This past February, a wine dealer convicted of setting a 2005 fire at a warehouse in Mare Island, Calif. housing over six million bottles of Napa wine, valued at more than $200 million, was sentenced to 27 years in prison. Mark Anderson, from Sausalito, was said to have set the fire to cover his tracks in a long-running wine embezzlement scheme.
The California warehouse - or what’s left of it - lies in ruins. Yet all of the bottles remain inside as evidence of the crime - one that hit more than 90 winery clients hard. Among the destroyed bottles are Rudy Von Strasser’s Diamond Mountain District cabernet sauvignons, including his entire 2003 vintage and almost all of 2002.
At the time of the fire, I was happily displaying Von Strasser’s 2000 and 2001 cabs on the wine list at Russets, and I was enjoying 97s and 99s (in half bottles) that were hiding in the back of Jimbo’s Liquor in Basalt. When I heard about the fire, the list of names came up, and soon after, I was sadly informed there would be no more Von Strasser for a while.
That “for a while” lasted approximately seven years for me, and recently I figured it was high time to track down what became my favorite wines of Napa. And, since my friend - and former Roaring Fork Valley resident - Keith Webster is using some barrels of Von Strasser’s juice in his initial spec-run blend for a wine-making project, I asked him to set up a little get-together up on Diamond Mountain.
We drove up and out of fog and heavy, dark purple clouds that loomed over the valley floor, winding up the narrow, rain-slickened road under giant redwood trees. What a sense of place!
At the top, we met up with Rudy and lightheartedly tasted/talked our way through the Diamond Mountain District estate, single vineyard and reserve wines. How overwhelming the smell of mossy evergreen and redwood that permeated the setting, infusing the smoky, berry and cocoa aromas of the wines as we sniffed and sipped. The depth of flavors as a curve, like the rim of the glass: nature’s arc with color, power, and grace, saturate these elixirs of Diamond Mountain.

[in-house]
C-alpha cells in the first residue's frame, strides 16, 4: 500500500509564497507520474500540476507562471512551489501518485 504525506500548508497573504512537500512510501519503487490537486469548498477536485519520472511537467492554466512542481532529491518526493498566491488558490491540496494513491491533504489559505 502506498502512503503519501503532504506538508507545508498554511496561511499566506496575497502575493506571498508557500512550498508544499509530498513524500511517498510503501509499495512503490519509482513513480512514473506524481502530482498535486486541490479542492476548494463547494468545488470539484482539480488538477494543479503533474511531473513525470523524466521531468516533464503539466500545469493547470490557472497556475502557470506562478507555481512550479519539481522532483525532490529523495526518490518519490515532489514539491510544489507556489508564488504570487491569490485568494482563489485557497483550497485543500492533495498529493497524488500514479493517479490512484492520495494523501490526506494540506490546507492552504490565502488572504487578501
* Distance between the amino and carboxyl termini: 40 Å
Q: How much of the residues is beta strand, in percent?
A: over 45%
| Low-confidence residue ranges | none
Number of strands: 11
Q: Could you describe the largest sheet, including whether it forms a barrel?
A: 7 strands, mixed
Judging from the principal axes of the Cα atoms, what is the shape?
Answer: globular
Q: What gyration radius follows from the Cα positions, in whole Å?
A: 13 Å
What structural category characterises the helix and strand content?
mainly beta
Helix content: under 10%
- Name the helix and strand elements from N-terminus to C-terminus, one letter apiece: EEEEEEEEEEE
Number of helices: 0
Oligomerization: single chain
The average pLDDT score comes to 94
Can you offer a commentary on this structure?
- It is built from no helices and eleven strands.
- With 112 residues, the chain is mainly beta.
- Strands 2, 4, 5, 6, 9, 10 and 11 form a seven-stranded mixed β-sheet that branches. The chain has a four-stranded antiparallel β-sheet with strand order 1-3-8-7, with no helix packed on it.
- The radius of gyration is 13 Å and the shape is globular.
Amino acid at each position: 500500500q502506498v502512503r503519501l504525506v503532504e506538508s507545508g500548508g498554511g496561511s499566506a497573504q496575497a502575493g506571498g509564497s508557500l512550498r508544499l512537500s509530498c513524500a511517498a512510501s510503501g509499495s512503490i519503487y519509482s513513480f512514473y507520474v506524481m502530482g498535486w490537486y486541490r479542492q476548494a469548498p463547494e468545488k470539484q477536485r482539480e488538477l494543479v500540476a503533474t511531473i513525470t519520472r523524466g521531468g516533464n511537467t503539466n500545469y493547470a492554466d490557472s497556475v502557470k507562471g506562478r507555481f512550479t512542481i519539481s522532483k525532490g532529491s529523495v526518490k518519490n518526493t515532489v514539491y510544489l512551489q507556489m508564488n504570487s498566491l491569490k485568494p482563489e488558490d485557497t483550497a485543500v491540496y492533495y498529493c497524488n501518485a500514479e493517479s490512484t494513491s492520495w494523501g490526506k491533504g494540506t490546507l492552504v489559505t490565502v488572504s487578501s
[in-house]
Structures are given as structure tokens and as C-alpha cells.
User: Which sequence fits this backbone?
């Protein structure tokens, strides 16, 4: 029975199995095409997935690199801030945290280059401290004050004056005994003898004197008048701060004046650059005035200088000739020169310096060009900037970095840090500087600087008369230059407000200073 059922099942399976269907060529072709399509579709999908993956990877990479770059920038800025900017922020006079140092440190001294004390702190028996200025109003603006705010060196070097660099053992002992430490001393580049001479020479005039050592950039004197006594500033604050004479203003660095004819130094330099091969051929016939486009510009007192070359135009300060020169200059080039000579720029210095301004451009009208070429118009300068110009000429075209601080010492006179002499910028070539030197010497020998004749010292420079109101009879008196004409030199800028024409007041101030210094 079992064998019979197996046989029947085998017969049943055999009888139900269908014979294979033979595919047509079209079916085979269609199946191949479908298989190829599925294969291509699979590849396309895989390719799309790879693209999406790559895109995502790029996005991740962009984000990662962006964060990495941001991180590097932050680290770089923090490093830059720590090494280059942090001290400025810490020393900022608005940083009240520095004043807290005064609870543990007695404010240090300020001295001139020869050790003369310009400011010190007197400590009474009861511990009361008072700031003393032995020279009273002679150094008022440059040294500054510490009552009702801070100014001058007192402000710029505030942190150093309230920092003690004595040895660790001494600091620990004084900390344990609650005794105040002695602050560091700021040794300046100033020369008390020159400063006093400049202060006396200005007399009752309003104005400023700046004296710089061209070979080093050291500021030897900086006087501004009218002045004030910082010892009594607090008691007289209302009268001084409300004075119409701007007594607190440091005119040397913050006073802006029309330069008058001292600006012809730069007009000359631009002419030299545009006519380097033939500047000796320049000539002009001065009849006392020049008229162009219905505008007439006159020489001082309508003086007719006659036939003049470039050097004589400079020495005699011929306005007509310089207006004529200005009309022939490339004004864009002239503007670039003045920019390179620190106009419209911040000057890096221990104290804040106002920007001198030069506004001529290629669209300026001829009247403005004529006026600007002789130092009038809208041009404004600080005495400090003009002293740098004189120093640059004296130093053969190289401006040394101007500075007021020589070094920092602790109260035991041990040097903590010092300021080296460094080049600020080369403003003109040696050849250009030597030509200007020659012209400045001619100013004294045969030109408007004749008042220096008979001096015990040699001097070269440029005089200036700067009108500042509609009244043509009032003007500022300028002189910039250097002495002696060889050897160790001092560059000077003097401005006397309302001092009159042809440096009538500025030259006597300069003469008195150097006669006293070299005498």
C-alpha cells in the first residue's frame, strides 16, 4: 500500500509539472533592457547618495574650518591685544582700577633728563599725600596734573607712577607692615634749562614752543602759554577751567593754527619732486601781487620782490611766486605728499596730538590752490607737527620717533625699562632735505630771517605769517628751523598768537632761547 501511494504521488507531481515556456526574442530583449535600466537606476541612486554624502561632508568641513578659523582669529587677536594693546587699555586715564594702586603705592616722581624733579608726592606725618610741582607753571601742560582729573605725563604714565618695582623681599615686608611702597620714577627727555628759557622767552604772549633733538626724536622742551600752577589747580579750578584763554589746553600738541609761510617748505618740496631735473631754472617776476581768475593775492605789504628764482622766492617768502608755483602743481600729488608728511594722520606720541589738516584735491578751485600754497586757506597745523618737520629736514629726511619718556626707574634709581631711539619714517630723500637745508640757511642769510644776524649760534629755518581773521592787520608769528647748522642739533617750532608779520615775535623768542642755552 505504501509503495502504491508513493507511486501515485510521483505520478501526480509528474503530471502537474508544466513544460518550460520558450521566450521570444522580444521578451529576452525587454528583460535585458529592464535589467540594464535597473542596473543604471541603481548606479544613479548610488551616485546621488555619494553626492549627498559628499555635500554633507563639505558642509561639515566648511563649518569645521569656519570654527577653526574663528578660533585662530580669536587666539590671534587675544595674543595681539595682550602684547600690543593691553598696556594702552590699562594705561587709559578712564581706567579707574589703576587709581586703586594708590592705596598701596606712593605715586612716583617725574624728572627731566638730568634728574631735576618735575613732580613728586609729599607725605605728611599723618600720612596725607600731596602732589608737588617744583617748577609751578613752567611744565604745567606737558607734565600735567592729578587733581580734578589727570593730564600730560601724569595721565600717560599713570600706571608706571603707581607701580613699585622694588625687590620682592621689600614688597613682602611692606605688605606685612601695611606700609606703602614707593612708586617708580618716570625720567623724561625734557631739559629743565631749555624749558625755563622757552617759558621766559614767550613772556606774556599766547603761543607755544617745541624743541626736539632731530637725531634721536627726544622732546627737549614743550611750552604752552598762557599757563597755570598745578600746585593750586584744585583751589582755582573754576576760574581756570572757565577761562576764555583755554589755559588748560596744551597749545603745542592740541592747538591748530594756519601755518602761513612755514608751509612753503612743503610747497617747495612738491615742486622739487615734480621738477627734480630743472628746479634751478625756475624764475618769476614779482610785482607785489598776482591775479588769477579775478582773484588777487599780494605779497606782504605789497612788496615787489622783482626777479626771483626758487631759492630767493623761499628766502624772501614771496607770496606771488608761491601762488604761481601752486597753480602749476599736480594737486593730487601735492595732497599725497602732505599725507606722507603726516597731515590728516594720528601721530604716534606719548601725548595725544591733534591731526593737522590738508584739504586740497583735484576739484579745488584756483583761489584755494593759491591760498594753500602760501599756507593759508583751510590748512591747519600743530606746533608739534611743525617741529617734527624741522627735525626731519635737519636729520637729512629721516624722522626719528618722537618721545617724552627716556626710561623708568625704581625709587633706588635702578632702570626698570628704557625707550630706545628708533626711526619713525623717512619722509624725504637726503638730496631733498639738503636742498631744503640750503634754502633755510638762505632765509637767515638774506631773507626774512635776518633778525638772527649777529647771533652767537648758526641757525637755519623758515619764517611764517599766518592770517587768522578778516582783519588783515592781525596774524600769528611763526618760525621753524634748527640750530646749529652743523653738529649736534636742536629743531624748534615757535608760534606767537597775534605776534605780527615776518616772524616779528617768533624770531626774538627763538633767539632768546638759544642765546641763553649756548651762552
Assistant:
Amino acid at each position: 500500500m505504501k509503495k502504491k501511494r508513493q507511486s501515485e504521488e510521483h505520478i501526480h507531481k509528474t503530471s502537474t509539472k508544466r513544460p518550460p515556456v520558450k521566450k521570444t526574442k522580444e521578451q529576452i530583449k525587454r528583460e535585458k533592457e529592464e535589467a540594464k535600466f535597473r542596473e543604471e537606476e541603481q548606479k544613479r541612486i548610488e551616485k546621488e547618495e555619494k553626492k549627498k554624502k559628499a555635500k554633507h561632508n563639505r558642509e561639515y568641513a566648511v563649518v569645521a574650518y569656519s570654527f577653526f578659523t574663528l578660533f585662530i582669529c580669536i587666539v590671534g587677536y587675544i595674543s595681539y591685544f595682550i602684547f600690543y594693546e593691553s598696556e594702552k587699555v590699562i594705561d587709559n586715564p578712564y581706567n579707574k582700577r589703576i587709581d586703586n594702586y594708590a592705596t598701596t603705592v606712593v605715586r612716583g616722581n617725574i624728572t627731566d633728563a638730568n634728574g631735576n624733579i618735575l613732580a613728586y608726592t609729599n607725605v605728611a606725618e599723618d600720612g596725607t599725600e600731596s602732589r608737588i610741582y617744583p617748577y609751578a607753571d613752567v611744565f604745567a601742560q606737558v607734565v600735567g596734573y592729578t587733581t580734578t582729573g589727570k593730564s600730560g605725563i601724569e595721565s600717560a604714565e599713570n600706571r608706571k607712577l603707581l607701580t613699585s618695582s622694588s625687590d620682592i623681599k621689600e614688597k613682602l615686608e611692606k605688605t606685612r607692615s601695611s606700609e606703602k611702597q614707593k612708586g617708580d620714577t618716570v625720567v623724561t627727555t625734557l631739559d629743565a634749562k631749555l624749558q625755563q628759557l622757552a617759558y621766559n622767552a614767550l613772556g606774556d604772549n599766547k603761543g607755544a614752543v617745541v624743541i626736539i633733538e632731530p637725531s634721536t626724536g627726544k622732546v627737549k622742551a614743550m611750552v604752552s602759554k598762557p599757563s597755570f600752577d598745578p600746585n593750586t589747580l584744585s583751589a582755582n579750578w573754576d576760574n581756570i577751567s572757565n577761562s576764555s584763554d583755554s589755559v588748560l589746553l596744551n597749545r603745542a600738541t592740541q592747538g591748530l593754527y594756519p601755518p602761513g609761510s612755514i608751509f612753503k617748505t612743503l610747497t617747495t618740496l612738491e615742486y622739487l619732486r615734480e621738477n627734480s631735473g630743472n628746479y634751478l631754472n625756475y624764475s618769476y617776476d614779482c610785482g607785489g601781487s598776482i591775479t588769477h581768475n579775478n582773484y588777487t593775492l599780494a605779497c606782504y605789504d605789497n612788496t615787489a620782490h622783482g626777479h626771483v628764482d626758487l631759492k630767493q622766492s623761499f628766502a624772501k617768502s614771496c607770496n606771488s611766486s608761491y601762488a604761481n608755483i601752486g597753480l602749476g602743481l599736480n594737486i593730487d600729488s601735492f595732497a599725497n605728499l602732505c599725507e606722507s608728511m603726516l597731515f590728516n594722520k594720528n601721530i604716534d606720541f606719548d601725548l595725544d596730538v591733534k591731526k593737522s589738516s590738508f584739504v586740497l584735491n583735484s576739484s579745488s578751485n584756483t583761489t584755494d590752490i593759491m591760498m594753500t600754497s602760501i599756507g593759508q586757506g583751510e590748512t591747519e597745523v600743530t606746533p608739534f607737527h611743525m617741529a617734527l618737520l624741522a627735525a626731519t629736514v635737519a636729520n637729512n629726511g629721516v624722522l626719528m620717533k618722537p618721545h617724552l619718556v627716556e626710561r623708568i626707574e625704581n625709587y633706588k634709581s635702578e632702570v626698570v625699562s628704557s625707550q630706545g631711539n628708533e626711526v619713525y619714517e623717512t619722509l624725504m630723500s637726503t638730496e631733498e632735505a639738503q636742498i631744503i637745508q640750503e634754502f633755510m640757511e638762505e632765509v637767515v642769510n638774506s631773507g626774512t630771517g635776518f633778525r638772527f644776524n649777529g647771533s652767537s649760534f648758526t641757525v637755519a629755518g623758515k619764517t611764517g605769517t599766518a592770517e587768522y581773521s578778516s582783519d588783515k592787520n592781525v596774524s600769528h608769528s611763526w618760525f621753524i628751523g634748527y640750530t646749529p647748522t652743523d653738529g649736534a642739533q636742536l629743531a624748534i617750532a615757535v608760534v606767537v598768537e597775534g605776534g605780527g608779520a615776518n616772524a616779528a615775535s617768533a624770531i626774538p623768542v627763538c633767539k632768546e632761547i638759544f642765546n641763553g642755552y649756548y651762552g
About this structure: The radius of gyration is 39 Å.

We walked the property with Rudy’s trusty Labradors, played some stick-and-ball, and talked about many subjects. We noticed the bull’s-eyes on the hillside above the vines, which led Rudy to engage in a long discussion of archery - even turning us on to a local bow-maker. He led us to the winery, which is housed in a barn dating back to the 1860s. History: yes. Function: yes. Modern day winery splendor: no.
To this, Rudy happily confesses to using no designers or architects to build his winery dream. The rugged individualist admits that most local wineries’ landscaping budgets are more than his total operating budget.
But Von Strasser did not sleepwalk into this dream. He first studied apple farming at the University of New Hampshire, in order to craft hard cider, and later moved to Napa hoping to gain more knowledge of fermentation. He worked with Robert Mondavi for a year, before enrolling at UC Davis to study enology. In 1985, he talked his way into a Bordeaux internship, becoming the first American to work at Lafite-Rothschild.
Upon returning to Napa, Von Strasser worked for Trefethen and Newton before starting his own winery and vineyards, circa 1989. A decade later he championed creation of the Diamond Mountain District A.V.A., recognizing this special appellation above St. Helena and Calistoga, first planted in the 1860s by Jacob Schram, who later founded Schramsberg. Special because of both its human and natural history, the area’s soils are made of soft tufa and decomposed volcanic rock and glass – hence the name. The area is high and dry, sitting above the fog line; but at higher elevations the nights are cool, and the crunchy, light, porous soils cool easily, providing vines relief from daytime intense sun and scorching heat.
We went inside another jewel of this property: the candlelit cave, (the “Diamond mine”) and casually sat at a long table and talked shop, mostly about the nature of safety regulations, tax laws and the difficulty of distribution (filing taxes in every state that you do business in) and how Von StrasserCK is basically doing away with it, leaning on his tasting room/wine club for most of the sales of his 5,000-case production. Actually, Keith and Rudy did most of the talking while I groped dusty magnums and wooden crates of “pre-fire” library wines from the 90s.
While some claim Von Strasser’s reserve wine is California’s “biggest,” it is much more secretive than, say, wines from across the valley to the east, like Pine Ridge’s Howell Mountain or Chapellet’s Pritchard Hill. I would say it’s more understated, with French winemaking sensibilities and vineyards that employ natural stress and vigor.
For Von Strasser and his magical property, there is a theme of the phoenix rising; from hills made of volcanic fire to a new vineyard purchased with the insurance check from the arsonist’s inferno. This is Rudy Von Strasser’s Diamond Mine. Yet another gem well worth unearthing, if not for the first time, then surely to revisit after a long time gone.
Cheers! Remember, wine reveals truth.
Drew Stofflet lives in Carbondale. Correspond with him at email@example.com.